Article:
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  • Author or Editor: Stephen J. Ettinger x
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Objective—To evaluate plasma N-terminal pro-B-type natriuretic peptide (NT-proBNP) concentrations in a large, diverse population of dogs with and without cardiac disease and to define the upper reference limit for the biomarker in this species.

Design—Cross-sectional single center study.

Animals—1,134 dogs.

Procedures—Dogs underwent blood sample collection, physical examination, ECG, and echocardiographic and thoracic radiographic evaluations. Cardiac status was graded by use of a 9-grade cardiac disease classification system and a simplified 4-stage cardiac scoring system. Vertebral heart score (VHS) was assessed in 280 dogs. Associations of plasma NT-proBNP concentrations with multiple variables were evaluated via univariate and multivariate linear regression analysis. Sensitivity and specificity of NT-proBNP concentrations and of VHS to discriminate between dogs with and without clinical signs of cardiac disease were evaluated via receiver-operating characteristic curve analysis.

Results—974 dogs had cardiac disease, 37 had noncardiac-related disease, and 123 were healthy. Plasma NT-proBNP concentrations correlated with cardiac grade and stage; VHS was also associated with cardiac grade. At a cutoff of 874 pmol/L, sensitivity and specificity of NT-proBNP concentration to detect clinical signs of cardiac disease were 70% and 83%, respectively; for VHS, sensitivity and specificity were 56% and 85%, respectively, at a cutoff of 11.5. Mean NT-proBNP concentration was significantly increased in dogs with cardiac-related dyspnea or coughing, compared with dogs in which these signs were noncardiac related.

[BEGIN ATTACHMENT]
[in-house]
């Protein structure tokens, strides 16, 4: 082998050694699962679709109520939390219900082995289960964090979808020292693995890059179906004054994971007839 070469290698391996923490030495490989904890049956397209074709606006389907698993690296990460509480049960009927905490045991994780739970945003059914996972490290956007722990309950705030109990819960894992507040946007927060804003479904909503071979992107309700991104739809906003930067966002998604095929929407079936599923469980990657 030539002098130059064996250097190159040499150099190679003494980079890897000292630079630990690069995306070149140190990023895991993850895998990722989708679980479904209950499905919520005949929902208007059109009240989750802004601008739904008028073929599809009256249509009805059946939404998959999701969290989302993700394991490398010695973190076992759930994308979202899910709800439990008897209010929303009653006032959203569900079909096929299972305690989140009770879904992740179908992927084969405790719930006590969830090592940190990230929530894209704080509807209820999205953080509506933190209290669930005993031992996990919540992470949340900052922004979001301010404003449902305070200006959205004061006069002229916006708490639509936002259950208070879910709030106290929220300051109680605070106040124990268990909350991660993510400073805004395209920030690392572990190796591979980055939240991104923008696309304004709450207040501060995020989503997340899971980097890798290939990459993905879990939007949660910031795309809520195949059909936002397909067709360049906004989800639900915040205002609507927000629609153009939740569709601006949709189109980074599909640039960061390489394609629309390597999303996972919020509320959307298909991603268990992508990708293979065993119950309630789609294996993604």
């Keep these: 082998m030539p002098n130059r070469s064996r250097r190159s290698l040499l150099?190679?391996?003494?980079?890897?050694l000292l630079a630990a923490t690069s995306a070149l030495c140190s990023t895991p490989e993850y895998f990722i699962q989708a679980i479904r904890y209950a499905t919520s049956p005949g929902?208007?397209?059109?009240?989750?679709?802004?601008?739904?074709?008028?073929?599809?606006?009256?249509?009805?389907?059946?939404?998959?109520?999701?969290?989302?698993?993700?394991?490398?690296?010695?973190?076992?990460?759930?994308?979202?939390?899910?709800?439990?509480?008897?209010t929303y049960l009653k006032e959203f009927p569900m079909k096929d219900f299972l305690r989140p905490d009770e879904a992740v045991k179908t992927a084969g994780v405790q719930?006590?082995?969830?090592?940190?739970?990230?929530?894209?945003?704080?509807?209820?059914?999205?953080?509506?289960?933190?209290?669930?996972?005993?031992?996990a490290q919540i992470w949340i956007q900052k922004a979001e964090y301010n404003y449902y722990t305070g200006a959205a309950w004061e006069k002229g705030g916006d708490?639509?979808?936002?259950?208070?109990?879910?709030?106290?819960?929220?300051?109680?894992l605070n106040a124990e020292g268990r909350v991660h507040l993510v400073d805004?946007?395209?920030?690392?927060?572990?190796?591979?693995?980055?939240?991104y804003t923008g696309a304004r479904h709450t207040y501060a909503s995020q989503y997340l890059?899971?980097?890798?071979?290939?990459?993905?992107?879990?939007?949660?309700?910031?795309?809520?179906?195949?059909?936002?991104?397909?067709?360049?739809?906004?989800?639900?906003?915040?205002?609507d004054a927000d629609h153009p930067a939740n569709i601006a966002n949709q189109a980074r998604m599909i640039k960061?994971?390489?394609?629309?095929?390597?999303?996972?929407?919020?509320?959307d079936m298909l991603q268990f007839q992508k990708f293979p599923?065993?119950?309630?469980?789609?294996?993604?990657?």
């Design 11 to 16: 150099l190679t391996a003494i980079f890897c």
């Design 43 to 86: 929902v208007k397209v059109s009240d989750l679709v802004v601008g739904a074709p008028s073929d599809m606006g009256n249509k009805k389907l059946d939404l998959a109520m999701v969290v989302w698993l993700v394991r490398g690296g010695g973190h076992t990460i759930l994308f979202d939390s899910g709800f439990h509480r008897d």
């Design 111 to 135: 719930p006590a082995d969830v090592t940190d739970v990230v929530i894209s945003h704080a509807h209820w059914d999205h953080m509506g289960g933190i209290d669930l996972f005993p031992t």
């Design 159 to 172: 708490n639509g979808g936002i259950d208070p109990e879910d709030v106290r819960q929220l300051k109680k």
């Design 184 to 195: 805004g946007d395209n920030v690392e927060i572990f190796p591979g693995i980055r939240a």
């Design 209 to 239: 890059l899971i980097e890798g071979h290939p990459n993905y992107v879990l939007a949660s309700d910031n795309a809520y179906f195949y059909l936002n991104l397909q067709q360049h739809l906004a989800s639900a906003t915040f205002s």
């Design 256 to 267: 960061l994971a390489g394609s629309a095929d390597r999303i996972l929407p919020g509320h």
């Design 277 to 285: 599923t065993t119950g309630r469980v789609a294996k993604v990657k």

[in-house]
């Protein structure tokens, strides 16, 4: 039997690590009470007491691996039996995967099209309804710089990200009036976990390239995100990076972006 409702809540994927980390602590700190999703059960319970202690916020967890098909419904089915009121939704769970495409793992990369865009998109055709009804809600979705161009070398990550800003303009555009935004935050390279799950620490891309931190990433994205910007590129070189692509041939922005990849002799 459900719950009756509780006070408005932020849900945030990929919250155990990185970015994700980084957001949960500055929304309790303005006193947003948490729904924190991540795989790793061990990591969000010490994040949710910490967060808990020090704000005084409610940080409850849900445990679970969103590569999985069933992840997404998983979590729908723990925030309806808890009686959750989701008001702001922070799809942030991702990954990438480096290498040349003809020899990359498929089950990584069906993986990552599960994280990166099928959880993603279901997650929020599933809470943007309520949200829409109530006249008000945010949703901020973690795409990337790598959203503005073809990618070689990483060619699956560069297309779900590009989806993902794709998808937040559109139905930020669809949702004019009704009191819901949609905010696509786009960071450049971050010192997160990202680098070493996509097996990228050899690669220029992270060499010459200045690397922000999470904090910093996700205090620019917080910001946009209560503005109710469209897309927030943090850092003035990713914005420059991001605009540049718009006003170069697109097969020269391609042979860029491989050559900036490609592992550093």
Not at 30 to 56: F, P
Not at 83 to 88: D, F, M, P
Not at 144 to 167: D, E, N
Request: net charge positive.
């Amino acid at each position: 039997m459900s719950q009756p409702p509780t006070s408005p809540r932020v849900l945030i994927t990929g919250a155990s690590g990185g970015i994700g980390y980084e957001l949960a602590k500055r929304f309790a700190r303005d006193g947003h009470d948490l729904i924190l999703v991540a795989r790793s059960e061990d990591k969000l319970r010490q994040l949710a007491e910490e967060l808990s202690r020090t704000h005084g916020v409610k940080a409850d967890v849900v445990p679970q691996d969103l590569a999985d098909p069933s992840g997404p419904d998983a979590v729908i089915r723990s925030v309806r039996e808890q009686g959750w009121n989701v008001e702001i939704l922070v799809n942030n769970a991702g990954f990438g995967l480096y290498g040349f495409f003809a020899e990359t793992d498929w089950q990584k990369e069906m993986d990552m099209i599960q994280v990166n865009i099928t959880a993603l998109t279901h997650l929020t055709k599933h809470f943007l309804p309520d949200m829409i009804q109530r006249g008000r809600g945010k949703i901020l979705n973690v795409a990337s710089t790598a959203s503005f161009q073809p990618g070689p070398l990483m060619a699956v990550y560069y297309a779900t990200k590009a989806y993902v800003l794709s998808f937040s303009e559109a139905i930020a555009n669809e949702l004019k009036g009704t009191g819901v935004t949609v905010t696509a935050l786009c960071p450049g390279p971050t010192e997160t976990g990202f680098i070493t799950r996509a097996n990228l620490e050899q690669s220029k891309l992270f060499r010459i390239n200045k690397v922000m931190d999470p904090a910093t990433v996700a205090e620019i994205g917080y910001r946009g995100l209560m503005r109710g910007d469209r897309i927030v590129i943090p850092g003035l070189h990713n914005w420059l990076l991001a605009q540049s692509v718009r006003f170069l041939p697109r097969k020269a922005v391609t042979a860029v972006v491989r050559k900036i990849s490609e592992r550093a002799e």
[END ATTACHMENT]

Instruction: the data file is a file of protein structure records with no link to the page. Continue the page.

Conclusions and Clinical Relevance—Results suggested that 900 pmol/L is the upper reference limit of plasma NT-proBNP concentration in dogs. This biomarker may be a useful tool for staging of cardiac disease and identifying cardiac-related coughing or dyspnea in this species.

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in Journal of the American Veterinary Medical Association


Objective—To determine signalment, clinical signs, diagnostic findings, treatment, and outcome for cats with atrial fibrillation (AF).

Design—Retrospective study.

Animals—50 cats.

Procedure—Medical records of cats that met criteria for a diagnosis of AF (ECG consisting of at least 2 leads, clear absence of P waves, supraventricular rhythm, and convincingly irregularly irregular rhythm) and had undergone echocardiography were reviewed.

Results—There were 41 males (37 castrated) and 9 females (7 spayed). Forty-one were of mixed breeding; 9 were purebred. Mean ± SD age was 10.2 ± 3.7 years. The most common chief complaints were dyspnea, aortic thromboembolism, and lethargy. In 11 cats, AF was an incidental finding. Mean ± SD ventricular rate was 223 ± 36 beats/min. The most common echocardiographic abnormalities were restrictive or unclassified cardiomyopathy (n = 19), concentric left ventricular hypertrophy (18), and dilated cardiomyopathy (6). Mean ± SD left atrial-to-aortic diameter ratio (n = 39) was 2.55 ± 0.80. The most common thoracic radiographic findings were cardiomegaly, pleural effusion, and pulmonary edema. Median survival time (n = 24) was 165 days (range, 0 to 1,095 days). Eight of 24 cats lived for ≥ 1 year after a diagnosis of AF was made.

Conclusions and Clinical Relevance—Results suggest that AF occurs primarily in older adult male cats with structural heart disease severe enough to lead to atrial enlargement. Atrial fibrillation in these cats was most commonly first detected when signs of decompensated cardiac disease were evident, but also was commonly identified as an incidental finding. (J Am Vet Med Assoc 2004;225:256–260)

Full access
in Journal of the American Veterinary Medical Association